This review on Autism Epicenter is what prompted me to suggest iBallz to my sister, Barbara Schilling. She needed a way to attach her new iPad to her harp desk.  She also wanted to protect the iPad in case it dropped on the hospital floor as she moved her harp from room to room.  In addition, she wanted to make sure the iPad would be protected if she dropped it on the concrete floor of the parking garage.  The iBallz do a wonderful job of keeping the iPad from hitting the ground in what could otherwise be a catastrophe. After my sister got her iBallz, and was thrilled with how well they suited her situation, I asked Lee, a co-owner of Friendly Integration, if I could have a set of iBallz and a Lid for purposes of review.  He kindly sent me complimentary products, which arrived in just two days (shipping is free in the US, by the way).  The picture above shows the iPad with the iBallz and Lid attached. In this view, you can see the small accessory pocket, which is perfect for a set of earphones. There’s also a slip-in pocket for your business card or other ID. When I first saw the iBallz, I thought they looked kind of silly.  I couldn’t imagine I would like them. However, iBallz not only look cool in person, they provide a comfy place to rest your hands as you hold the iPad.  My sister and I have brain-stormed all kinds of suggestions for future iBallz, including additional colors (purple is a popular suggestion from girls), baseball, basketball, and soccer ball...

Gerry the Giraffe

Do you love giraffes?  What about volleyball? Or colorful illustrations? Do you love stories of persistence and determination? Then you’ll love Gerry the Giraffe!  It covers all of these, and more.  Gerry the Giraffe is a sweet, interactive storybook from PicPocket Books, written by author Melissa Northway (of Penelope the Purple Pirate fame).  What Penelope did for pirates, Gerry does for giraffes. Gerry loves to play volleyball, but he’s too short to go with the team to volleyball summer camp. His mom acknowledges his disappointment, but rather than allowing him to dwell on that, she encourages him to think of what he can do to improve his skills. His dad also has wise words for Gerry: “Keep trying and don’t give up.” So, Gerry gets up early, practices running, bounces the volleyball off his head, passes it back and forth with friends (cute little animated volleyball flies through the air), and jumps over everything.  His hard work pays off and Gerry is invited to join the volleyball team. My favorite part, though? The very end, where Gerry passes on what he’s learned to younger giraffes. It’s fun to challenge children to find the words hidden in the illustrations (practice, try hard, boulder, pass to me, garden) and to notice the sparkling animations on various pages. Two features of Gerry the Giraffe particularly appeal to me as an educator and a grama.  I like the “Fun Facts” background information about giraffes and Africa at the end of the story.  Seeing photographs of giraffes and other wild animals will help kids make connections to the real world. I really appreciate the...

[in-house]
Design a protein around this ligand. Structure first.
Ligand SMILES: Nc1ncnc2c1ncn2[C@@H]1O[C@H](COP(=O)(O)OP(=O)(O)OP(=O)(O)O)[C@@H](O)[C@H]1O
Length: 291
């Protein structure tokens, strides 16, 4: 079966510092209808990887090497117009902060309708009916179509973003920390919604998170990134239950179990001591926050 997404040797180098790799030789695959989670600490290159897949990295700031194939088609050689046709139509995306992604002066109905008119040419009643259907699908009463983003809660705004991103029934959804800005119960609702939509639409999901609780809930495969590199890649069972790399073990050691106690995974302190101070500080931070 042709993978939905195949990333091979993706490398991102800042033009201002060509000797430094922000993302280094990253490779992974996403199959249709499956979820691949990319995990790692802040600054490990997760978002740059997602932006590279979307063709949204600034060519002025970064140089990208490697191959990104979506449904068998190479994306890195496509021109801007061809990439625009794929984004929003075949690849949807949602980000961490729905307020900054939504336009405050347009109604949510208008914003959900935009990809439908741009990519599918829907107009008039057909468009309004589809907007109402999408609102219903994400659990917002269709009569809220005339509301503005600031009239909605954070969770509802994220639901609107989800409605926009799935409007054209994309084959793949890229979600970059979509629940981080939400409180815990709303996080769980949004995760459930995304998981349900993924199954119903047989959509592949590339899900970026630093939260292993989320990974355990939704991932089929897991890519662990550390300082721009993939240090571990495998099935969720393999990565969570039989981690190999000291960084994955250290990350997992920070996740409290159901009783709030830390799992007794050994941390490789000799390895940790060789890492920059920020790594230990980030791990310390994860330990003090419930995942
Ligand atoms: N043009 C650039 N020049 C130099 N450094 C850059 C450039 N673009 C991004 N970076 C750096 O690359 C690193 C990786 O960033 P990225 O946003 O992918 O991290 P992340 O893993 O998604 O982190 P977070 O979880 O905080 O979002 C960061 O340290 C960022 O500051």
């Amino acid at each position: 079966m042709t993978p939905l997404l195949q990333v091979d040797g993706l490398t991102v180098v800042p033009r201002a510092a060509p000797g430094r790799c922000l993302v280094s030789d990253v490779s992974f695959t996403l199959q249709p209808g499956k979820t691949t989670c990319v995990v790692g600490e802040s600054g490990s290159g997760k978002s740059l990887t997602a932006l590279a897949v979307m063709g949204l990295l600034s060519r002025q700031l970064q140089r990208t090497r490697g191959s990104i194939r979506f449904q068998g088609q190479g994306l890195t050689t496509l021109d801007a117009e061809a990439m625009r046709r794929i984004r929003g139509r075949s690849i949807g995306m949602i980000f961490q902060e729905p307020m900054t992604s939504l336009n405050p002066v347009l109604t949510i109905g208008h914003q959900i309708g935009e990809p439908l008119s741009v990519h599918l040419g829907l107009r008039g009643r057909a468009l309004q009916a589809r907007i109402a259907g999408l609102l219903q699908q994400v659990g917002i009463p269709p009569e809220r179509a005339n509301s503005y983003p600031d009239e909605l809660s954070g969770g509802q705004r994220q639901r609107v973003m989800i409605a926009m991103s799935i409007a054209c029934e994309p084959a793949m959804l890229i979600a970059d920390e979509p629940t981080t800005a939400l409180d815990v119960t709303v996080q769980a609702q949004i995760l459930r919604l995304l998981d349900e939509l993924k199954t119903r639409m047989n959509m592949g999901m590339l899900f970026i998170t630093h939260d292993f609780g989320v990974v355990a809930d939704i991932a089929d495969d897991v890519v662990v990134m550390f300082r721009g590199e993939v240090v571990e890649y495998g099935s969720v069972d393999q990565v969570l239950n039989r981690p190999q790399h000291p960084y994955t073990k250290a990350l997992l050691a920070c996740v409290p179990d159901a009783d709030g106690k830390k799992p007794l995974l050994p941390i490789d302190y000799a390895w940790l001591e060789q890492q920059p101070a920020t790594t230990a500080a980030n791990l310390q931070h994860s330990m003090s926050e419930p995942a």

Are Squirrels Smart, or What?

Are Squirrels Smart, or What? follows in the path of the previous My Word! Reader stories, Are Bees Smart, or What? and Are Whales Smart, or What?  The book and activity apps are aimed at older students who struggle with reading. The iTunes store description of Are Squirrels Smart, or What? says: “My Word! Reader – Are Squirrels Smart, or What? is a ground-breaking app for the iPad based on sound educational and literacy theory that is designed to improve literacy skills in underachieving students. This app will be an essential tool for literacy learning for education and home markets. Simple to use, but sophisticated in design, it incorporates word analysis, phonics, writing skills, word recognition, comprehension and spelling in a series of dynamic, engaging, and delightful “word games” that are rooted in the high-interest, but easy-to-read story, Are Squirrels Smart, or What? Are Squirrels Smart, or What? is the third in the My Word! Reader series. Word games in this app include practice with rhyming words; short and long vowel sounds; spelling; writing exercises; vocabulary building. As students engage in the word games, they practice and review word analysis skills, thus building competence in learning the mysteries of decoding new words.” I think it’s especially fun that this story is based on a true one. As with the other stories, this one begins with a few questions to get the reader thinking: “Are squirrels smart? Do squirrels have brains? Do you believe that squirrels can think?”   This is important if students are using the app independently.  The story also provides background knowledge that will help with understanding the...